I am often asked how I come up with a fresh topic every week for 15 years, now. It’s easy: In editing the Dismissal & Employment Law Digest, I review every case from coast to coast and there is no shortage of them to choose from.
But this week, instead of one, here are some salient points I garnered from a smattering of cases:
Quebec Labour Standards vs Asphalte Desjardins Inc. The Supreme Court of Canada’s July 25 decision will turn employers’ present practises on their heads. The message: If an employee resigns and provides two or three weeks notice, don’t fire them.
In this case the employee resigned with three weeks notice. And as is frequently the case, the employer asked him to leave immediately. Usually, though, the employer pays the employee for the three weeks and that is the end of it. However, the Court saw it differently. It held that the employer must pay the employee the full employment standards entitlement, not just three weeks. In Ontario, for example, that can be as much as eight months pay.
The lesson here is, when employees resign, don’t dismiss them early, rather provide them the option of leaving earlier with pay.
Saindon vs MNR Hiring third party companies to provide you with contracted employees does not mean those workers are not your employees.
In this Tax Court decision of May 23, the owner of the trucking business hired a separate transport company to provide drivers, but still provided the truck. Even though the driver was dispatched by the transport company, the Court held that the transport company’s exercise of its control over the driver was based on authority delegated by the owner which was therefore held to be the driver’s “real” employer.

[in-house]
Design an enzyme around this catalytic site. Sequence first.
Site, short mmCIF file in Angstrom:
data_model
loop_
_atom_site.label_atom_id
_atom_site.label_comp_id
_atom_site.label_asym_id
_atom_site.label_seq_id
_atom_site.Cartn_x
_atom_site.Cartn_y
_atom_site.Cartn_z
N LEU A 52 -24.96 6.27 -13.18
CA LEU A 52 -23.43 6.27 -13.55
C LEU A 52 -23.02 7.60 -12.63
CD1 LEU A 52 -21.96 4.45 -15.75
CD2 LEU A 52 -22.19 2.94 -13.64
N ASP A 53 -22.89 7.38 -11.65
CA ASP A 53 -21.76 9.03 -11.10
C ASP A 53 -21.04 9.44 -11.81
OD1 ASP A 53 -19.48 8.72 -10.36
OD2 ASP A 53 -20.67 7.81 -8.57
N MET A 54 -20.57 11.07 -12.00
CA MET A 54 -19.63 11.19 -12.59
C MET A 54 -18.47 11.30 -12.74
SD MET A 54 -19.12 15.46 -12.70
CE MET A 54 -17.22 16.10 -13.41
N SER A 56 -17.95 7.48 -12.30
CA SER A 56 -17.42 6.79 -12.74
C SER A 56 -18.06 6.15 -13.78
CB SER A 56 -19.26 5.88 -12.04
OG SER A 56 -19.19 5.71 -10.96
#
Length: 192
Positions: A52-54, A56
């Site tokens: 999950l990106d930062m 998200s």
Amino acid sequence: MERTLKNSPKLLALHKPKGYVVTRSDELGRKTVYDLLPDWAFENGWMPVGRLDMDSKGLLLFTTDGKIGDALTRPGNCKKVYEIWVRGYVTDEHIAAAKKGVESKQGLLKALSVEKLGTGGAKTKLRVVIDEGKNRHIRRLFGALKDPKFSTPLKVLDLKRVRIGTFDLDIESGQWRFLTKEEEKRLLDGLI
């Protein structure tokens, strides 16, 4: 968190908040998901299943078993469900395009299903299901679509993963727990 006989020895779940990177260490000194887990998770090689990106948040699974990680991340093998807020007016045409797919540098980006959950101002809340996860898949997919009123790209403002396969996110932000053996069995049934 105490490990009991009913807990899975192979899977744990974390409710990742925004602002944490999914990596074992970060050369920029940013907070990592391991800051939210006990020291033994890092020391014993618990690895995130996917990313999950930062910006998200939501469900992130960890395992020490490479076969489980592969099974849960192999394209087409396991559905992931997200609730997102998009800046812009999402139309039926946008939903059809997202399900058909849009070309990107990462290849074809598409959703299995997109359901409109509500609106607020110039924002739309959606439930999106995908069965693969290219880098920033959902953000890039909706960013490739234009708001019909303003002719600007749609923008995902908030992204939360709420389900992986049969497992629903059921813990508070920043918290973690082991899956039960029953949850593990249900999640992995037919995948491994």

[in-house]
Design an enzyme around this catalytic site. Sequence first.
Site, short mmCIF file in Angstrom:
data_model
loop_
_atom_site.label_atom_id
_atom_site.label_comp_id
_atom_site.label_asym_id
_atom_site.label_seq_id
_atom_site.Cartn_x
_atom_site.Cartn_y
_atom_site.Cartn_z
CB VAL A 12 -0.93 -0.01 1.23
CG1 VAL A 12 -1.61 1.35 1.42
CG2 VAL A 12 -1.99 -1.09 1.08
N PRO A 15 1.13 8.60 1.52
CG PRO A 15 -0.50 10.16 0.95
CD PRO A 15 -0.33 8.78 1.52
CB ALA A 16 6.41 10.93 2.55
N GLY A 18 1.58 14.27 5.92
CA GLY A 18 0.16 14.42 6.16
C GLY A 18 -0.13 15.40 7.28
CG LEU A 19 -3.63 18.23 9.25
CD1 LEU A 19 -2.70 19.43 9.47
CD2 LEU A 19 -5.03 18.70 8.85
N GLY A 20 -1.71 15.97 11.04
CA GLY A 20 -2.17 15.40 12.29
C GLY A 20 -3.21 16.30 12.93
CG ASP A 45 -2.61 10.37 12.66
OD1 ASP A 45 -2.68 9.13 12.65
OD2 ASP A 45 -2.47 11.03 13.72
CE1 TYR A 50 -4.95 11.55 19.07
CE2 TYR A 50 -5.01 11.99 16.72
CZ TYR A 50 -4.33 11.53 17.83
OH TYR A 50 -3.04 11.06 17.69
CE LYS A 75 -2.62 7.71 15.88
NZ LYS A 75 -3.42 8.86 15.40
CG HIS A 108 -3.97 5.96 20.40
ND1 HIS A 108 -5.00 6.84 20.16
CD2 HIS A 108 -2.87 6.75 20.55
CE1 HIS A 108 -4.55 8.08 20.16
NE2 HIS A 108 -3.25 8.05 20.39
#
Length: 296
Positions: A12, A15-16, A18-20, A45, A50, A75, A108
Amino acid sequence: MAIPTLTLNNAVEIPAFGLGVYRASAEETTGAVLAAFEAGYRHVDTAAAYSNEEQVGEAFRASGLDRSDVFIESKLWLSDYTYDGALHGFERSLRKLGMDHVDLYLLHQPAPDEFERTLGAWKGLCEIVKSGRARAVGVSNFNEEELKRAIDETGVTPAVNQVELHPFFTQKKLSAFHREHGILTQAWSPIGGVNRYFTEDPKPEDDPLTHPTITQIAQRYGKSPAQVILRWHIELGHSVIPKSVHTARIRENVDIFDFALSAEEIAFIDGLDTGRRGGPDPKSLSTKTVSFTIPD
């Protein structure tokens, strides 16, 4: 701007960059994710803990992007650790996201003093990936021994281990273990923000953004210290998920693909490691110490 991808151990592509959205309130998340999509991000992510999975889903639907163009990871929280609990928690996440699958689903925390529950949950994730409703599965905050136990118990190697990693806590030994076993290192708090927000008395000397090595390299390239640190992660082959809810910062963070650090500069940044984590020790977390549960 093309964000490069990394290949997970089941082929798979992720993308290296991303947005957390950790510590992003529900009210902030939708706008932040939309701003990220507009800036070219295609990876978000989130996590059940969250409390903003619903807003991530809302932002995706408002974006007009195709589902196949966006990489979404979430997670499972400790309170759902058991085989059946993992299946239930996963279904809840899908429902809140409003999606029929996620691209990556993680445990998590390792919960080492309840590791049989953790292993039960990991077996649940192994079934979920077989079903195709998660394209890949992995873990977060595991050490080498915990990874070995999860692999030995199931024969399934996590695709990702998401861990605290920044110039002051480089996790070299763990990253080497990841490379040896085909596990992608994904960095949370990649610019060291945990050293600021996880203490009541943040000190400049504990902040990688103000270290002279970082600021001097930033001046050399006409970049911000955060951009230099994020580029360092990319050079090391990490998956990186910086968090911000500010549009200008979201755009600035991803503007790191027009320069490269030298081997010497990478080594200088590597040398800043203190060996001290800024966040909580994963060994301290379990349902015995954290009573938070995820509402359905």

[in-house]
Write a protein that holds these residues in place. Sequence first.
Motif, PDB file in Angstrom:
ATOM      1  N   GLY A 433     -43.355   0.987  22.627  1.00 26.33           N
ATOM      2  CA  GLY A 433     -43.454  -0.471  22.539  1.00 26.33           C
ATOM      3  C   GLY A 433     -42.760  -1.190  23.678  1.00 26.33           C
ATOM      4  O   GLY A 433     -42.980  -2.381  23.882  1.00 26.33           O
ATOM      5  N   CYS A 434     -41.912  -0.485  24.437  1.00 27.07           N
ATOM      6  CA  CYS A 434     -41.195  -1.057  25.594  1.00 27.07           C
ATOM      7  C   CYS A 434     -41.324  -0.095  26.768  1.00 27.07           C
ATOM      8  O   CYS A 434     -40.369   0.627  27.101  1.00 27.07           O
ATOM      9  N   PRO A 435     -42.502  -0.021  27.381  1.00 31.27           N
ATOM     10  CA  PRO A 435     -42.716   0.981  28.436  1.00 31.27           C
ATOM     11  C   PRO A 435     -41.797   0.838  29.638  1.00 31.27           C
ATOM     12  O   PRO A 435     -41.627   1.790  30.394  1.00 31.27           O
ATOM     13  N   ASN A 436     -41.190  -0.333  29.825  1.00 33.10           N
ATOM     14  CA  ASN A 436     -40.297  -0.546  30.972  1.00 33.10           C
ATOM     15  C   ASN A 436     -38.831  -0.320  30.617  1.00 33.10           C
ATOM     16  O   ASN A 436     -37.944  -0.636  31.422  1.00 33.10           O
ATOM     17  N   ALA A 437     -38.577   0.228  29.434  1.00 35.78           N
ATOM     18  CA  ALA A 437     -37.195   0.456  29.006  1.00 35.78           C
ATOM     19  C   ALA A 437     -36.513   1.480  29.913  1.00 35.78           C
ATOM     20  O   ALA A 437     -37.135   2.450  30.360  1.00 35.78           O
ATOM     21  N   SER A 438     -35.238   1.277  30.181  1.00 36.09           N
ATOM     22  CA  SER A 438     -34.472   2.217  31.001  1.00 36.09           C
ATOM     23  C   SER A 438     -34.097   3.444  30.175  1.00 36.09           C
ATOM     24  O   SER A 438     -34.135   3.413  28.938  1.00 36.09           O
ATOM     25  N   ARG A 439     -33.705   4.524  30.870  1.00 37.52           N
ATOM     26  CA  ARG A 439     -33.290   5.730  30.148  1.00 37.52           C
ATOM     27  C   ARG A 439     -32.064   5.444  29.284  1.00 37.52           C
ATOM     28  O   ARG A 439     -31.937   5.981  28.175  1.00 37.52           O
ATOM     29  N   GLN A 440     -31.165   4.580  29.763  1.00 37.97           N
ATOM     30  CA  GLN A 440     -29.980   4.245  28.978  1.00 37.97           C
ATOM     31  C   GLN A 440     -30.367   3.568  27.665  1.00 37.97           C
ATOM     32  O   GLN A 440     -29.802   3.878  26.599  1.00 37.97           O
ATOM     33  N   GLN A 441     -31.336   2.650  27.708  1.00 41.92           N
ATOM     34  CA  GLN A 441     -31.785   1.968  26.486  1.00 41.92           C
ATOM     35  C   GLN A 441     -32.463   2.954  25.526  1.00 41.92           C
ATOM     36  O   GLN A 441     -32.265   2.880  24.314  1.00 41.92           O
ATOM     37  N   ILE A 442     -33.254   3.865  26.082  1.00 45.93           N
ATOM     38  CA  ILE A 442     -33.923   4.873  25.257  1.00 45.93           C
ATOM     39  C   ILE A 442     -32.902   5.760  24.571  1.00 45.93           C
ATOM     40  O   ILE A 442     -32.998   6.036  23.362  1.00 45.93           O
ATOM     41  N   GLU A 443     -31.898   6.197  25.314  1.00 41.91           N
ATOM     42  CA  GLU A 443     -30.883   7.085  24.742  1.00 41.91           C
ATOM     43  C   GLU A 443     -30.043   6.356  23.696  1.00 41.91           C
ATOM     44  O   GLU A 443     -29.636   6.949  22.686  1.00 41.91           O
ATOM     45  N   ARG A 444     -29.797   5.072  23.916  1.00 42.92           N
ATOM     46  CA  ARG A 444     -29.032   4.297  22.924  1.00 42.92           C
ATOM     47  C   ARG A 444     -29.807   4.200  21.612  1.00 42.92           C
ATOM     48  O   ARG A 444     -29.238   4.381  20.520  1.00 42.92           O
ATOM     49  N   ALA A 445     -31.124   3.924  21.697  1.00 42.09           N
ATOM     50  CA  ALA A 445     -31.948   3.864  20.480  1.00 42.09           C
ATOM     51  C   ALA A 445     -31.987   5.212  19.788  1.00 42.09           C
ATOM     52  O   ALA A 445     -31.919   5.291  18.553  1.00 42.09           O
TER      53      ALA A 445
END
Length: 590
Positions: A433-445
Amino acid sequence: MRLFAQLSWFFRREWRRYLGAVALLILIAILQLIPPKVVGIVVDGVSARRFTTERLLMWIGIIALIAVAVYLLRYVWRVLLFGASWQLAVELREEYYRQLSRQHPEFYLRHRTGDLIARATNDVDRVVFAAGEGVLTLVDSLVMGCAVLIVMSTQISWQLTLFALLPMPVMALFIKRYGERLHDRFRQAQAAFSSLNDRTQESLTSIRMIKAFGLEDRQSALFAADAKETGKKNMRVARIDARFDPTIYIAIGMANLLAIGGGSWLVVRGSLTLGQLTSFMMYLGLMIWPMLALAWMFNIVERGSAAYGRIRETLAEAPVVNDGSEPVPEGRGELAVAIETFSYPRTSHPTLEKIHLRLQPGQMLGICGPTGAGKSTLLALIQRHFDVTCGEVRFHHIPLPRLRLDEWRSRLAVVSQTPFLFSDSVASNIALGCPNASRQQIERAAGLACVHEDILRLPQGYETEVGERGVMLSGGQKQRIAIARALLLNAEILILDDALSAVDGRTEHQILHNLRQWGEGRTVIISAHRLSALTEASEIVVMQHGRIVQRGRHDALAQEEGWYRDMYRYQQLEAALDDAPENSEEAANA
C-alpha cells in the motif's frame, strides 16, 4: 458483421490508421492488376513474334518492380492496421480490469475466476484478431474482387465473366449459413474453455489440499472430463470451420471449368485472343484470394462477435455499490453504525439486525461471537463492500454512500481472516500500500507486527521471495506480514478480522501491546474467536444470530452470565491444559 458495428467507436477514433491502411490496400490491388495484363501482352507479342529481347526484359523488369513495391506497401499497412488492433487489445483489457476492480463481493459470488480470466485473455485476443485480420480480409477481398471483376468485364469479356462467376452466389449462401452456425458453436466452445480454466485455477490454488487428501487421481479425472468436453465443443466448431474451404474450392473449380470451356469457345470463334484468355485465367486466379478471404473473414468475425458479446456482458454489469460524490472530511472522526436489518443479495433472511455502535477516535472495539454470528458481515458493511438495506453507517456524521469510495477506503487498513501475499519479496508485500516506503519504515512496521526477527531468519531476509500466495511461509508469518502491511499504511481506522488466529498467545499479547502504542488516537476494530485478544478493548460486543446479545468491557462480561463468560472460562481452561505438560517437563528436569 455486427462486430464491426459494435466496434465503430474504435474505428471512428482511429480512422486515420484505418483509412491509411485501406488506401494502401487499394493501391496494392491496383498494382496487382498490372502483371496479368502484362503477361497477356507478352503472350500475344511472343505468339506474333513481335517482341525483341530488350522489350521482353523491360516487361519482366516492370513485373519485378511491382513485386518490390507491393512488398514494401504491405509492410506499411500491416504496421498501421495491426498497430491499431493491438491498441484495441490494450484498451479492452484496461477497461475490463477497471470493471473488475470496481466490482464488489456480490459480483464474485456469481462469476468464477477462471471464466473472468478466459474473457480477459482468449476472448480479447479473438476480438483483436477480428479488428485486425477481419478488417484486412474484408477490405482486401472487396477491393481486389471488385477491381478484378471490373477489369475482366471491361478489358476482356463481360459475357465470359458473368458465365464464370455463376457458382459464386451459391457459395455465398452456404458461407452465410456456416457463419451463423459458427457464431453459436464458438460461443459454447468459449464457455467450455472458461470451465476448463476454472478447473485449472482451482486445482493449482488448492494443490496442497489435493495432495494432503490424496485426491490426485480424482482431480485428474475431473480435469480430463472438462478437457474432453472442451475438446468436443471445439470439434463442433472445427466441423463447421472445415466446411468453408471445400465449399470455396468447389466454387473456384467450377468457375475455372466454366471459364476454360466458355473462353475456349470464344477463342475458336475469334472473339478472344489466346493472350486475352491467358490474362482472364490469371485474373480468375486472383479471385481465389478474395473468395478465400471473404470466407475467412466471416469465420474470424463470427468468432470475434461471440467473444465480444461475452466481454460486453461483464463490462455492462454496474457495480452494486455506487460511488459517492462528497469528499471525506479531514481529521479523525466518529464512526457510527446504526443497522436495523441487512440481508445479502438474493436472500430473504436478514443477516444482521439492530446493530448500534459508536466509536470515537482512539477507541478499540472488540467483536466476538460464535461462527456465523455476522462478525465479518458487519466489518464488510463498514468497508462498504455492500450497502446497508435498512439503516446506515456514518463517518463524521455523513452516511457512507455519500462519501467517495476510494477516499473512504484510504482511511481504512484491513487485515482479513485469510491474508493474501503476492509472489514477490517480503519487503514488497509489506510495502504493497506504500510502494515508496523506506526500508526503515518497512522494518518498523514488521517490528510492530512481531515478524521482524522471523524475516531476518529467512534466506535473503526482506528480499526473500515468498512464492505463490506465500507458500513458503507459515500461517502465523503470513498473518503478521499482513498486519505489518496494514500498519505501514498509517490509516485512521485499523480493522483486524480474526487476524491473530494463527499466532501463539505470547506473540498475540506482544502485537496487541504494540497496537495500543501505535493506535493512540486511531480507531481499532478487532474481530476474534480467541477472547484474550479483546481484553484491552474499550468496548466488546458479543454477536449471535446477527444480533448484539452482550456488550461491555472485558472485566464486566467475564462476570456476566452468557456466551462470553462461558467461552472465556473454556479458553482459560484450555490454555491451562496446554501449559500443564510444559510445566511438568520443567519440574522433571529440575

Singh vs Sopper The Workman’s Compensation Board does not prevent all types of lawsuits by injured workers. In this case the B.C. Court of Appeal on June 18 found that the WCB entitlement of an injured truck driver, who earned his income from his driving, precluded any personal injury lawsuit resulting from the accident but did not prevent him from suing for business-related losses resulting from the accident.
Diamantopoulos vs KPMG In this wrongful dismissal suit, the Ontario Superior Court found on June 2 that employer paid short-term disability should be deducted from wrongful dismissal damages but long-term disability payments, contributed to by the employee, should not be.
Symcor vs Russell According to this recent Canada Labour Code adjudication, having a policy requiring an employee to be employed when bonuses are paid, did not prevent an employee who resigned before that date, from recovering his bonus. The employee was deemed to have effectively earned the bonus and the adjudicator said the employer should not be able to benefit from the employee’s work without fully paying for it.
Petrar vs Thompson Rivers University This case confirms that inquiries about whether poor performance is caused by a disability are perfectly acceptable. According to this decision of the B.C. Human Rights Tribunal, an employer actually has an obligation to determine whether performance issues could be related to a mental or physical disability and to request medical information. They need that information to fulfill their duty to accommodate disabilities.